With the major update to the 2020PS7 edition, many new features as well as PowerShell 7 support have been released. ScriptRunner 2020R1 completes the previous version with further improvements and a couple of new features.
From version 2020R1 on, users who want to update from an older ScriptRunner version can update directly to the latest version (previously, users had to update to intermediate versions first).
For the update itself, please note that both ScriptRunner Server and all apps will be updated. If an external SQL database is used via the Report/Audit Connector, the database schema must also be updated with SQL Server Management Studio. The corresponding schema file can be found under the path “./programs/scriptrunner/bin/support/”.
With the new feature for localizing scripts and input forms in ScriptRunner, we have implemented in version 2020R1 a feature long awaited by international customers.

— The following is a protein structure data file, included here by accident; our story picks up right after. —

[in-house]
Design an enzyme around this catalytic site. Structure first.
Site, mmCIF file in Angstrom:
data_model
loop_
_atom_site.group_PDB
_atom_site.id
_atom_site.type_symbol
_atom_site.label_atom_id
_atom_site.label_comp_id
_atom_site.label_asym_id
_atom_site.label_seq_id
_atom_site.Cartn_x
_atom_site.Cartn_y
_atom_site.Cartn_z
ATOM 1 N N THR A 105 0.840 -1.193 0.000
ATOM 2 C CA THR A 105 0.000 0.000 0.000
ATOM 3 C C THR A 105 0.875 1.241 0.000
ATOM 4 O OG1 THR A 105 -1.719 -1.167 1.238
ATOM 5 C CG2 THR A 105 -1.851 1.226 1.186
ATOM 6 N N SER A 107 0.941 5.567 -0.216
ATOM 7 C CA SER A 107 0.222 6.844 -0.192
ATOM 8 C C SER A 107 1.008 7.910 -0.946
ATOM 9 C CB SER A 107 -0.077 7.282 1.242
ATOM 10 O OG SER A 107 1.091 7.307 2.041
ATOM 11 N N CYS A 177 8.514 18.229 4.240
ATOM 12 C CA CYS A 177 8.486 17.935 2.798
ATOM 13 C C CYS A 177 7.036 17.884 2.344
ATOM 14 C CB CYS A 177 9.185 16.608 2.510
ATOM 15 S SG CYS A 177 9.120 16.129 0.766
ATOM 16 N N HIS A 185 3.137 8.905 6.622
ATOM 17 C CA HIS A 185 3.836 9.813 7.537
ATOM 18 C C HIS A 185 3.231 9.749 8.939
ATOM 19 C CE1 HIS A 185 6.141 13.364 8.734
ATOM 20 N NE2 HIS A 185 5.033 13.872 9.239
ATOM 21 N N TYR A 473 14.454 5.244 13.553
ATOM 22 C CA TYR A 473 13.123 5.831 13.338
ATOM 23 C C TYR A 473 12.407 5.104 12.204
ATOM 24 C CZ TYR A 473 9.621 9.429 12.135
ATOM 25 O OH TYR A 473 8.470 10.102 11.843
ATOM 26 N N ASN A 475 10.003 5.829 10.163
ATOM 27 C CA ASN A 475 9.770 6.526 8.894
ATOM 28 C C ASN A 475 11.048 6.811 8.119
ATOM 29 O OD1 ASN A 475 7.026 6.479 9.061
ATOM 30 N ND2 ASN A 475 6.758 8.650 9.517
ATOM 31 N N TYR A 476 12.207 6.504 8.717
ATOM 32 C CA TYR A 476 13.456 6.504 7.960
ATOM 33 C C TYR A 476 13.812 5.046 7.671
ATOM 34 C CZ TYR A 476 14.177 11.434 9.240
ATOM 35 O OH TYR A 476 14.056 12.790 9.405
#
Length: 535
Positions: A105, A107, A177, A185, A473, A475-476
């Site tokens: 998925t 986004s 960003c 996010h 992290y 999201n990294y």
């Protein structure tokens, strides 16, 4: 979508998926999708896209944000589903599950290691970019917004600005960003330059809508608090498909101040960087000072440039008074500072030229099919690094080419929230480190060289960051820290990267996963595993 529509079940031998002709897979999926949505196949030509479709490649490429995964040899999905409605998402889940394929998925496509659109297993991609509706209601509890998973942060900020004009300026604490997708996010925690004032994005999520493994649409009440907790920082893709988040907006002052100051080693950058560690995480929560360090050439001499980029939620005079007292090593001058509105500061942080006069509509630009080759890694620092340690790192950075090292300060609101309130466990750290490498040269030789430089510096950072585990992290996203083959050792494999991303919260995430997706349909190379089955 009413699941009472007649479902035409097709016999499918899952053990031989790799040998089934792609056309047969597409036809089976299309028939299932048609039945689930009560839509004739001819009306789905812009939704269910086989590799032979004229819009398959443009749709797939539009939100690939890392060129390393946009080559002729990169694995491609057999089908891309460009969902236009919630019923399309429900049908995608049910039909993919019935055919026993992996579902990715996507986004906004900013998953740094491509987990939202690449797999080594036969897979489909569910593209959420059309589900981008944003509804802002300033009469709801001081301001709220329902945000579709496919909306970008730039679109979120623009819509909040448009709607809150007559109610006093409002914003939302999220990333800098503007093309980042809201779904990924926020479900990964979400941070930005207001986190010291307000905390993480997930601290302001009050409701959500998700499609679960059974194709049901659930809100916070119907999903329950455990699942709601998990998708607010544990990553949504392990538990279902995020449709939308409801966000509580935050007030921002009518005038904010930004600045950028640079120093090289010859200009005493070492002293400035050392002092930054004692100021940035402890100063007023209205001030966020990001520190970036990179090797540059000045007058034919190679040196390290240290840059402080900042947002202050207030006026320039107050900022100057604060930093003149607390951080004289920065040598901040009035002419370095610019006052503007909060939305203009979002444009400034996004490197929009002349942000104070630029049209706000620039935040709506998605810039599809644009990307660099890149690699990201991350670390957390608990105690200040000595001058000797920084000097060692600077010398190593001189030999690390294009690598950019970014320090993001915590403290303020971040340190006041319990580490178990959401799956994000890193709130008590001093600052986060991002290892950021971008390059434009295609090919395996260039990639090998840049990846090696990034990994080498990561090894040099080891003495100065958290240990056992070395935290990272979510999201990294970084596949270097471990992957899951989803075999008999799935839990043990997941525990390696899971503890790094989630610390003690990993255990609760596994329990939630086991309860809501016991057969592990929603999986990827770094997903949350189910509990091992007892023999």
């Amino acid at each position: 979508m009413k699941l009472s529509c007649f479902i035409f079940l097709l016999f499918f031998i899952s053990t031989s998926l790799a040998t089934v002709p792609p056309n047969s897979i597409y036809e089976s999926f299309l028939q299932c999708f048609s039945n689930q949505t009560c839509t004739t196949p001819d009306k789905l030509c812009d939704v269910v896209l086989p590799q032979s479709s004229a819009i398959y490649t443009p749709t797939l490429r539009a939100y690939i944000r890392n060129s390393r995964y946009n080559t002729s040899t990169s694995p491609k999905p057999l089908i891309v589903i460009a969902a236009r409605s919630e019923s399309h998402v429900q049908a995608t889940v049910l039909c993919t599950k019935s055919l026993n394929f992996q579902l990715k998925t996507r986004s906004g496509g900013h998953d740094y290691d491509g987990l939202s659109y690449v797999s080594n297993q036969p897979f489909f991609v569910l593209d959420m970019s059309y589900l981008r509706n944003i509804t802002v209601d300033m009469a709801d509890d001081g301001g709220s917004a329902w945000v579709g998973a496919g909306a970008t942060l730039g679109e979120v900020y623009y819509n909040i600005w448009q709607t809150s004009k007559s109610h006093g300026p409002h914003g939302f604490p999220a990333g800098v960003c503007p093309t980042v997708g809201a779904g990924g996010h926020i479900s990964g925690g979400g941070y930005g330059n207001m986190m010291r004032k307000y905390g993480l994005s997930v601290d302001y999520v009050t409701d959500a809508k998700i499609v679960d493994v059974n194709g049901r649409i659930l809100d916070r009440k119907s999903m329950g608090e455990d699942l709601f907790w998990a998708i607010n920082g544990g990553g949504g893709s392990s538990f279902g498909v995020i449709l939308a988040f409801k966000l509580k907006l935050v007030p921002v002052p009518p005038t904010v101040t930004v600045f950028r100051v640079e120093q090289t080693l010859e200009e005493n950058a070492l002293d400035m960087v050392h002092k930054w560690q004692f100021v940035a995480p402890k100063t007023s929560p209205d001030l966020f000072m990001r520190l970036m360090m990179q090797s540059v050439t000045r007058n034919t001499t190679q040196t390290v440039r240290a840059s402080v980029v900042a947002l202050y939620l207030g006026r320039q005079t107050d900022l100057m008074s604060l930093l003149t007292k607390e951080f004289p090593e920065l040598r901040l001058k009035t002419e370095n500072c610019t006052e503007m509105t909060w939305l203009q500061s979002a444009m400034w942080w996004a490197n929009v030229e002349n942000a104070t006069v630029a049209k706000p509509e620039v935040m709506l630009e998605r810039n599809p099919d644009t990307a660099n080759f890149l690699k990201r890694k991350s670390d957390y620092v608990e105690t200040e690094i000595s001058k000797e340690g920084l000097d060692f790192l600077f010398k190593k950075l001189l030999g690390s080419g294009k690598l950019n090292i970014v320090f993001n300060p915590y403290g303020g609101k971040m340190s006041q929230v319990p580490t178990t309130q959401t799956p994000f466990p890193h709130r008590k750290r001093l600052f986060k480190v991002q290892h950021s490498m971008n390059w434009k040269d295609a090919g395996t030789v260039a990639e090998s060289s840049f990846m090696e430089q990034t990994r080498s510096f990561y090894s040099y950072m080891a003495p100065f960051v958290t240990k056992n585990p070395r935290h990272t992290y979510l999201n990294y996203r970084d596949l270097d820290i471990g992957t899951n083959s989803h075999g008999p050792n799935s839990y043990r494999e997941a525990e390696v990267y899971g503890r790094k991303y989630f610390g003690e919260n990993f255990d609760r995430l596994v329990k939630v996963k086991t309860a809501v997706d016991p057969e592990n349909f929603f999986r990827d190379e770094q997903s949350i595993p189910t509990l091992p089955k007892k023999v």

The basic idea starts with the script header.
The information for
can be stored transparently and completely in the PowerShell standard in English and in German. One of both can be set as default: the default language is used by ScriptRunner if a language has been selected in the ScriptRunner app, which is not available in the script as a separate localization. Example:
this is the default
[sr-en] this is the english description
[sr-de] das ist die deutsche Beschreibung
The automatically generated input forms in the ScriptRunner apps show the field description as well as the script description in the selected language, if there is a corresponding localization in the script header. Otherwise, the default language is used.
Localization of action names
Action names can also be localized from version 2020R1 on: In the tile and list view of Web Apps for Service Desk and Self-Service users, Action names and descriptions can be displayed depending on the language of the app (see Figure 1). The same language ‘tags’ are used as in the script header.
Figure 1: New localization options for Actions in the ScriptRunner Admin App